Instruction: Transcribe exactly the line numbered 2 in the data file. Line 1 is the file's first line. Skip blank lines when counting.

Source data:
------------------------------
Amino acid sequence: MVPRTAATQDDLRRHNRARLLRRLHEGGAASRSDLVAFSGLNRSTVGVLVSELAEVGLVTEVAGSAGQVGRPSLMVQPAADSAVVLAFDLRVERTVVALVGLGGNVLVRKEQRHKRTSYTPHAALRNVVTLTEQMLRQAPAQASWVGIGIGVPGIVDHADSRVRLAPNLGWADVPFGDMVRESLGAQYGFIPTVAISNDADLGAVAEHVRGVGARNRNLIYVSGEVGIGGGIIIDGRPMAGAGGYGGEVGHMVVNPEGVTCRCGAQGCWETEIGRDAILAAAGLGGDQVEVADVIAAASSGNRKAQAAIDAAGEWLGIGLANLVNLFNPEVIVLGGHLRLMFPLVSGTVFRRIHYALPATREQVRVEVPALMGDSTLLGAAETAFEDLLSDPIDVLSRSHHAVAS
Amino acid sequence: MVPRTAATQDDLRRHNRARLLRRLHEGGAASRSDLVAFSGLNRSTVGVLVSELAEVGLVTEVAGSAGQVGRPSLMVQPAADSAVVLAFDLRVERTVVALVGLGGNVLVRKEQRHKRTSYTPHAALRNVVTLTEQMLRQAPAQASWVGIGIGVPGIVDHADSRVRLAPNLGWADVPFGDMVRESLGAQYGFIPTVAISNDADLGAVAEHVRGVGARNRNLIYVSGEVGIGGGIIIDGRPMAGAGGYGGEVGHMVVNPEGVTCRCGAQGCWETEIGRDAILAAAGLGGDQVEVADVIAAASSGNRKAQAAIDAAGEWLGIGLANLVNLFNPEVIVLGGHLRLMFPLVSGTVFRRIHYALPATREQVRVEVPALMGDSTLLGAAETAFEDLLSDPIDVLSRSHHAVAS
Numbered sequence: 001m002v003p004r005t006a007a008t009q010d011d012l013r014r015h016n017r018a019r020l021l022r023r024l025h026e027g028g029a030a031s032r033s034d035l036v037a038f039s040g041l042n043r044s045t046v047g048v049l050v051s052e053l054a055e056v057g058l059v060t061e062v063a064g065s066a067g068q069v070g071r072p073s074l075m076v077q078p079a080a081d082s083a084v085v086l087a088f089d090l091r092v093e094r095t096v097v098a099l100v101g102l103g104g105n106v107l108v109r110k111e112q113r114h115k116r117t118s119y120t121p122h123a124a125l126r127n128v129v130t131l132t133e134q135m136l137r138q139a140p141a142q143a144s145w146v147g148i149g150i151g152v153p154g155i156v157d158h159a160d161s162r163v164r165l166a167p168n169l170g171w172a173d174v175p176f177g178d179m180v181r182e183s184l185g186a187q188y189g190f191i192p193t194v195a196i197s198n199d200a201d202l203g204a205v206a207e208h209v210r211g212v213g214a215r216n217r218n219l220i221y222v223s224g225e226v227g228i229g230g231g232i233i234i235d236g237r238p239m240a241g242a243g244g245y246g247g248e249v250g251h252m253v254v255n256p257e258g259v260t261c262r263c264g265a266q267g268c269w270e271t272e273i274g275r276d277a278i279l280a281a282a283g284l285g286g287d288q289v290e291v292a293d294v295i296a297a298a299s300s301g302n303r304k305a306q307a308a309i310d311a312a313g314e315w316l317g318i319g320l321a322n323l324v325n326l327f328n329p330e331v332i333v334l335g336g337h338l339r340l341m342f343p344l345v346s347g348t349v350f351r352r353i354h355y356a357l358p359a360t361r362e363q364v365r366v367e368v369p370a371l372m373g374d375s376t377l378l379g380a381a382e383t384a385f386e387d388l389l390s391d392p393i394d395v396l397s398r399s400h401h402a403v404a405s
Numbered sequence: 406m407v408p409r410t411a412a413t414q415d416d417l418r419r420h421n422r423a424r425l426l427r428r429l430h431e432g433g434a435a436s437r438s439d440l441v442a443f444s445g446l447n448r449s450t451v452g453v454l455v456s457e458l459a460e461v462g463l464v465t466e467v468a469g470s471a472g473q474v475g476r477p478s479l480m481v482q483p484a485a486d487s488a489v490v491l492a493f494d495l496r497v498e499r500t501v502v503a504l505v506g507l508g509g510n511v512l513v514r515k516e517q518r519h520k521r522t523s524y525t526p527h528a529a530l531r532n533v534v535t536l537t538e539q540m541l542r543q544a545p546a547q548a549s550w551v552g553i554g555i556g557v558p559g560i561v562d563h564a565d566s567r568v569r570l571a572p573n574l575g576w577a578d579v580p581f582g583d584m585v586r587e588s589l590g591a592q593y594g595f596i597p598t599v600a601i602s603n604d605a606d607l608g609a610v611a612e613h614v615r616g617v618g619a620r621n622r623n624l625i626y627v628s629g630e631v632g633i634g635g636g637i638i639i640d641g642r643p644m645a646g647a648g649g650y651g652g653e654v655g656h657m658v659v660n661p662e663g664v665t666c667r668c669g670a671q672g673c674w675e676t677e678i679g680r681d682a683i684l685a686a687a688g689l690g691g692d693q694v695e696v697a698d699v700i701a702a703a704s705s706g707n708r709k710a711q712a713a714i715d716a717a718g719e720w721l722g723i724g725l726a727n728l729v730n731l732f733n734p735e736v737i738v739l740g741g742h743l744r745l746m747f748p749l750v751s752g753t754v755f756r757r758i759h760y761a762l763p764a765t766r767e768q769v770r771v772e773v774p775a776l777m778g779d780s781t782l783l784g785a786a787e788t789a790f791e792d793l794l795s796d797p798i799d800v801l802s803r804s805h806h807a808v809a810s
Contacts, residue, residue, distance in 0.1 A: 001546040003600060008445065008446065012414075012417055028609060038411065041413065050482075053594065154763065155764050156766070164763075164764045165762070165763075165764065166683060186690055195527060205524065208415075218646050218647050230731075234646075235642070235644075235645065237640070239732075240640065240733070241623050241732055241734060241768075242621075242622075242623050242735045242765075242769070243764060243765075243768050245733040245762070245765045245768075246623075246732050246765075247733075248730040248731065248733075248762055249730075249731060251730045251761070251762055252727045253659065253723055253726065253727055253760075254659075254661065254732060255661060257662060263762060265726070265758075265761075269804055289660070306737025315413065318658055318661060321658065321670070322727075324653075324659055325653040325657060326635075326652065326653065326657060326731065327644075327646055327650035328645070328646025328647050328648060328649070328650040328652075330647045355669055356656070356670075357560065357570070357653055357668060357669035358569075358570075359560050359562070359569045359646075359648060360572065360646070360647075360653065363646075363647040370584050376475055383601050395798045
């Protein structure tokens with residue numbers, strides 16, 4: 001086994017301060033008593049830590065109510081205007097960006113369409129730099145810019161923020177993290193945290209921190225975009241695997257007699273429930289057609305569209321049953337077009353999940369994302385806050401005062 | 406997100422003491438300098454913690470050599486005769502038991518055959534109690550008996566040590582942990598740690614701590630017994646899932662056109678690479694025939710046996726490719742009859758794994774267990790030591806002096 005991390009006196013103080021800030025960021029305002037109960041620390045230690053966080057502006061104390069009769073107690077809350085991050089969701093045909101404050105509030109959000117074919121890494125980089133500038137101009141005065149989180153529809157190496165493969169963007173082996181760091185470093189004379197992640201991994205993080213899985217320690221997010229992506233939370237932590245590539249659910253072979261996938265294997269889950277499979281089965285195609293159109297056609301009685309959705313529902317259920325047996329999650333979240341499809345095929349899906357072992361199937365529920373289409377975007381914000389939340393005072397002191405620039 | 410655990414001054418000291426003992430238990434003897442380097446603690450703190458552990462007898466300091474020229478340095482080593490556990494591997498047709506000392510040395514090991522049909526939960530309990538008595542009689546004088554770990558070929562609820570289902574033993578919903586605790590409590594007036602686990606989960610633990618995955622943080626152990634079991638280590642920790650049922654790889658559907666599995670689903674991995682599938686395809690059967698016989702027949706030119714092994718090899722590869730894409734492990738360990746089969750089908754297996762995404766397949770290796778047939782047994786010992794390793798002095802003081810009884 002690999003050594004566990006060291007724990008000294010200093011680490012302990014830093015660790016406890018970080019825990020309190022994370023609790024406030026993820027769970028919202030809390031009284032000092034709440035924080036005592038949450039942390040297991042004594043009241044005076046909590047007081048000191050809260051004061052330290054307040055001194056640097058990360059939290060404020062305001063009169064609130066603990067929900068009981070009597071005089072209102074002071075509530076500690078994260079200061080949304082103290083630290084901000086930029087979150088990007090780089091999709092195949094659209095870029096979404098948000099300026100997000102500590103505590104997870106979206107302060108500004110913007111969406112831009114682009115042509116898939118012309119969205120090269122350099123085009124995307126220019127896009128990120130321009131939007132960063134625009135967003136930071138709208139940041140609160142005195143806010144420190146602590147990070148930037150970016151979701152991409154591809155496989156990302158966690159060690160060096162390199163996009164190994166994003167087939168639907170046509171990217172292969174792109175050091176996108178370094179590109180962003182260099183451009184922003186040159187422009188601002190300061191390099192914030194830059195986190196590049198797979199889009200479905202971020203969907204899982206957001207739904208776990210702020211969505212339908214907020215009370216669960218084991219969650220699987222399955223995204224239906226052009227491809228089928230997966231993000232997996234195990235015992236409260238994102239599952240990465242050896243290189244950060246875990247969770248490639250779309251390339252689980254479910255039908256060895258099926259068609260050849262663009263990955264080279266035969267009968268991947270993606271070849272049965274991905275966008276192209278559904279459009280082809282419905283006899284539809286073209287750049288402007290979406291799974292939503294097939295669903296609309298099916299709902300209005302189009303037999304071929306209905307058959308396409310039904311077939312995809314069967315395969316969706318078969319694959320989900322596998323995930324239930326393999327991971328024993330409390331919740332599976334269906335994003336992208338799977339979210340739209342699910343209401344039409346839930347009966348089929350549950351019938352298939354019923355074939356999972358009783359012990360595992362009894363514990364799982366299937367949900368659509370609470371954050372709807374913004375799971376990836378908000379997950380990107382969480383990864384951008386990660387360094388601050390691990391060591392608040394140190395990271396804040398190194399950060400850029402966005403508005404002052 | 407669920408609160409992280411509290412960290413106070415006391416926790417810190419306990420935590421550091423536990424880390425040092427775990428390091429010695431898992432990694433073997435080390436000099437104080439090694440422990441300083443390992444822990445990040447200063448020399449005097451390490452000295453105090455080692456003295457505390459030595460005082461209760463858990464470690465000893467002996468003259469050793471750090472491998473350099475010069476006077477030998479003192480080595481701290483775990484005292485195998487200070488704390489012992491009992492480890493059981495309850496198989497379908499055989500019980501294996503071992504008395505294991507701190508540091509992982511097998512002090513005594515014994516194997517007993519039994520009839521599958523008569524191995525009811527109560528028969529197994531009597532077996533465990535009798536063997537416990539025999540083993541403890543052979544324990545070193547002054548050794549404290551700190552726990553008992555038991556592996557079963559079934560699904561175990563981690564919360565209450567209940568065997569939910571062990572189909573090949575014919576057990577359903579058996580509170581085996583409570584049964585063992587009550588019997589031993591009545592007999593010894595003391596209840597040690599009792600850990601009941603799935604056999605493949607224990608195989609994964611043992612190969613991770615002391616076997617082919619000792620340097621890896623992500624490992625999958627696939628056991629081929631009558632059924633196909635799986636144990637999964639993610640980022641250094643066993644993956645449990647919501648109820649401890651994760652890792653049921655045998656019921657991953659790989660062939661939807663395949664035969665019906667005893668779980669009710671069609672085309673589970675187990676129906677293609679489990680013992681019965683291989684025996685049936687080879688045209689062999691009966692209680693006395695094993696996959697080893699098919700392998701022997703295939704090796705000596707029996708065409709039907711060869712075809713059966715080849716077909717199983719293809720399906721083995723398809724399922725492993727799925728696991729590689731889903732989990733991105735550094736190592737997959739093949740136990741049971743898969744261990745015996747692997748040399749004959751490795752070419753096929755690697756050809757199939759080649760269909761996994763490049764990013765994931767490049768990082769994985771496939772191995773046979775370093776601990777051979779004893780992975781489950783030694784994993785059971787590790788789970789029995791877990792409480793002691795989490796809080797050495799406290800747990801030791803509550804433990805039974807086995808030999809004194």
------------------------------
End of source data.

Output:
Amino acid sequence: MVPRTAATQDDLRRHNRARLLRRLHEGGAASRSDLVAFSGLNRSTVGVLVSELAEVGLVTEVAGSAGQVGRPSLMVQPAADSAVVLAFDLRVERTVVALVGLGGNVLVRKEQRHKRTSYTPHAALRNVVTLTEQMLRQAPAQASWVGIGIGVPGIVDHADSRVRLAPNLGWADVPFGDMVRESLGAQYGFIPTVAISNDADLGAVAEHVRGVGARNRNLIYVSGEVGIGGGIIIDGRPMAGAGGYGGEVGHMVVNPEGVTCRCGAQGCWETEIGRDAILAAAGLGGDQVEVADVIAAASSGNRKAQAAIDAAGEWLGIGLANLVNLFNPEVIVLGGHLRLMFPLVSGTVFRRIHYALPATREQVRVEVPALMGDSTLLGAAETAFEDLLSDPIDVLSRSHHAVAS